In the above-noted embodiment of the present invention, it is preferable that the crystal grain diameter of the microcrystal used in the lower shield 1 be 6.2 nm or smaller.

Additionally, in this embodiment it is preferable that when forming the lower shield layer, sputtering is used to form the shield layer.

The materials used for the various layers in manufacturing the magnetoresistive effect film 30 according to the present invention are described below.

As indicated below, the following elements are primary candidates for elements to use in each layer.

Base

Alumina-TiC, SiC, alumina, alumina-TiC/alumina, SiC/alumina

Lower Shield Layer

A single or multilayer film or mixture of CoZr, CoFeB, CoZrMo, CoZrNb, CoZr, CoZrTa, CoHf, CoTa, CoTaHf, CoNbHf, CoZrNb, CoHfPd, CoTaZrNb, CoZrMoNi alloy, FeAlSi, or metal nitride.

In particular, it is preferable that the lower shield be made of a material based on CoZrTa and CoZrTaCr alloy.

Lower Electrode Layer

Single or multilayer film or mixture of Au<Ag, Cu, Mo, W, Y, Ti, Zr, Hf, V, Cr, Mn, Nb, Tc, Ru, Rh, Pd, Re, Os, Ir, Ta, and Pt.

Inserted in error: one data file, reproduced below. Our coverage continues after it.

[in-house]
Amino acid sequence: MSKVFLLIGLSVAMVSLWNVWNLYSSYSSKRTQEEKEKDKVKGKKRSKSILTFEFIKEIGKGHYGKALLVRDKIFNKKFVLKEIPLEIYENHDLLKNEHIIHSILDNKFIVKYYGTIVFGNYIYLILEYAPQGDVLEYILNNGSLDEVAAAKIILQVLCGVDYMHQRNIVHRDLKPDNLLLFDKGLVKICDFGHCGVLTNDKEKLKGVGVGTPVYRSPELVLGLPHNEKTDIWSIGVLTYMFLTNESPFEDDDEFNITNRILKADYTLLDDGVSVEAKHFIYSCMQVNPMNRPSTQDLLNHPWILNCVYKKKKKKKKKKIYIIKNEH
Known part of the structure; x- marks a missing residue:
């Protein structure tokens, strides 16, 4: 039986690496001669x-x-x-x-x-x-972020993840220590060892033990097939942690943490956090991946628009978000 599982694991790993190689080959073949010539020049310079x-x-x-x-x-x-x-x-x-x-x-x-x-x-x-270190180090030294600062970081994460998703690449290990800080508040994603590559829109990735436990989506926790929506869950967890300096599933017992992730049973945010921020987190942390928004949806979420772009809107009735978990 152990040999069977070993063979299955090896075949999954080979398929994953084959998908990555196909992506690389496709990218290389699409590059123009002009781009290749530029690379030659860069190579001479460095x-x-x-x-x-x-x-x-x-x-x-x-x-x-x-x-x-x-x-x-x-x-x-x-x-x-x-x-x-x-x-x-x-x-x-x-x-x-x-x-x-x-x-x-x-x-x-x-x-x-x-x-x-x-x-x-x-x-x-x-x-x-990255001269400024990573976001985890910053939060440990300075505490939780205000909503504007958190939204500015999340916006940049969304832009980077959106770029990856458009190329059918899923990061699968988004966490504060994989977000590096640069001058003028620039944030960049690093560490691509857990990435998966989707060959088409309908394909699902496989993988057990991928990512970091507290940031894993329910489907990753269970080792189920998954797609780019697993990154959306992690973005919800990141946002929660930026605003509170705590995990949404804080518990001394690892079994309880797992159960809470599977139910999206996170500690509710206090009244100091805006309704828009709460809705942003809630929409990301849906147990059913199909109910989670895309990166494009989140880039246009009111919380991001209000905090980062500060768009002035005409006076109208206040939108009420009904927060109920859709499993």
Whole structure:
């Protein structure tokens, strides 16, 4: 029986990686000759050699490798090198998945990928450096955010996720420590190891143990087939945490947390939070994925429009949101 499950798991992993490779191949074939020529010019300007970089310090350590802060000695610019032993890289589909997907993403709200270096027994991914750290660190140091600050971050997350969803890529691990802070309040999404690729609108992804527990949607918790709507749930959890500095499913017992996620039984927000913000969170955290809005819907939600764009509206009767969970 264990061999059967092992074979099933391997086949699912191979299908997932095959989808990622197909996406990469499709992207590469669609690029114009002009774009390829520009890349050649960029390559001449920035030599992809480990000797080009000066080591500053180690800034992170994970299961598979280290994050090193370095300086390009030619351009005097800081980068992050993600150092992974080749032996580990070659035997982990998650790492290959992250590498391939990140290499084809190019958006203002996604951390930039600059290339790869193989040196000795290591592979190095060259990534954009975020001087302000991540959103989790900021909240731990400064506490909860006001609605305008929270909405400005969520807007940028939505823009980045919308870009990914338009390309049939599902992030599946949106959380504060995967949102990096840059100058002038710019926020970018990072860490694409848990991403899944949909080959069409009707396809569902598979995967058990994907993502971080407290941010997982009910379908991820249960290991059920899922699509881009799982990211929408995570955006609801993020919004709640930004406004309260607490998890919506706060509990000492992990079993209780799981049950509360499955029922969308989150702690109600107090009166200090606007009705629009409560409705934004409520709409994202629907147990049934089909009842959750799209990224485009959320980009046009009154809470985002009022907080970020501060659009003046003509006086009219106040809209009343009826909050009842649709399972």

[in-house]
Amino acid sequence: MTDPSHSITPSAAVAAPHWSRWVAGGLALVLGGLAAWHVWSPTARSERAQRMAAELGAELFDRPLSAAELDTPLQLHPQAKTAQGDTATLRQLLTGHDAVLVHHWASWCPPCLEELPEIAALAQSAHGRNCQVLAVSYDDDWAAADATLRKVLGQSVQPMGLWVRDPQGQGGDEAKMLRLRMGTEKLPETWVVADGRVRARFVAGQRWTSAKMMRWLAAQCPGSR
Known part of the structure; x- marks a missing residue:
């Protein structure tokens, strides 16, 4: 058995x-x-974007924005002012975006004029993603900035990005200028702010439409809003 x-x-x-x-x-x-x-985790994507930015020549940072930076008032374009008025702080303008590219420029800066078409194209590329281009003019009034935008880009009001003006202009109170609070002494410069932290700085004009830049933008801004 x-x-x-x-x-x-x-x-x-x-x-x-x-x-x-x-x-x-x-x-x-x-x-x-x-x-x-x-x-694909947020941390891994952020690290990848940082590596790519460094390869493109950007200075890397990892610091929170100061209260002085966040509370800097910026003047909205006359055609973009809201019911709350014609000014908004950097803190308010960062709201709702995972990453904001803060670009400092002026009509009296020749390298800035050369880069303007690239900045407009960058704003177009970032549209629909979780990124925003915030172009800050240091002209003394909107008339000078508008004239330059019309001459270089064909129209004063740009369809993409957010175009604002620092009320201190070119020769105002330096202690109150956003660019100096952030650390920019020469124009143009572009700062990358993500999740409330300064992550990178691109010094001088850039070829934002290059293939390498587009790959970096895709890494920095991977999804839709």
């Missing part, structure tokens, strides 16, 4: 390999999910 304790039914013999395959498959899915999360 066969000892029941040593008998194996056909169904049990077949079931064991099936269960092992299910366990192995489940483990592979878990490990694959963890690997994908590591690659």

Upper Electrode Layer

Single or multilayer film or mixture of Au, Ag, Cu, Mo, W, Y, Ti, Zr, Hf, V, Cr, Mn, Nb, Tc, Ru, Rh, Pd, Re, Os, Ir, Ta, and Pt.

Upper Shield Layer

Single or multilayer film or mixture of NiFe, CoZr, CoFeB, CoZrMo, CoZrNb, CoZr, CoZrTa, CoHf, CoTa, CoTaHf, CoNbHf, CSoZrNb, CoHfPd, CoTaZrNb, CoZrMoNi alloy, FeAlSi, metal nitride, MiZn ferrite, NiZn ferrite, or MgZn ferrite.

Insulation Layer

Single or multilayer film or mixture of aluminum oxide, silicon oxide, aluminum nitride, silicon nitride, and diamond-like carbon.

Lower Gap Layer

Single or multilayer film or mixture of aluminum oxide, silicon oxide, aluminum nitride, silicon nitride, and diamond-like carbon.

Upper Gap Layer

Single or multilayer film or mixture of aluminum oxide, silicon oxide, aluminum nitride, silicon nitride, and diamond-like carbon.

Upper Layer

Single or multilayer film or mixture of Au, Ag, Cu, Mo, W, Y, Ti, Zr, Hf, V, Cr, Mn, Nb, Tc, Ru, Rh, Pd, Re, Os, Ir, Ta, and Pt.

Vertical Bias Layer

Single or multilayer or mixture of CoCrPt, CoCr, CoPt, CoCrTa, FeMn, NiMn, Ni oxide, NiCo oxide, Fe oxide, NiFe oxide, IrMn, PtMn, PtPdMn, ReMn, Co ferrite, and Ba ferrite.

The following configurations can be used as a magnetoresistive effect film.

    • Base/base layer/free layer/first MR enhancement layer/barrier layer/second MR enhancement layer/fixed layer/fixing layer/protective layer
    • Base/base layer/fixing layer/fixed layer/first M enhancement layer/barrier layer/second MR enhancement layer/free layer/protective layer
    • Base/Laminate of N repetitions of (base layer/free layer/first MR enhancement layer/barrier layer/second MR enhancement layer/fixed layer/fixing layer/protective layer)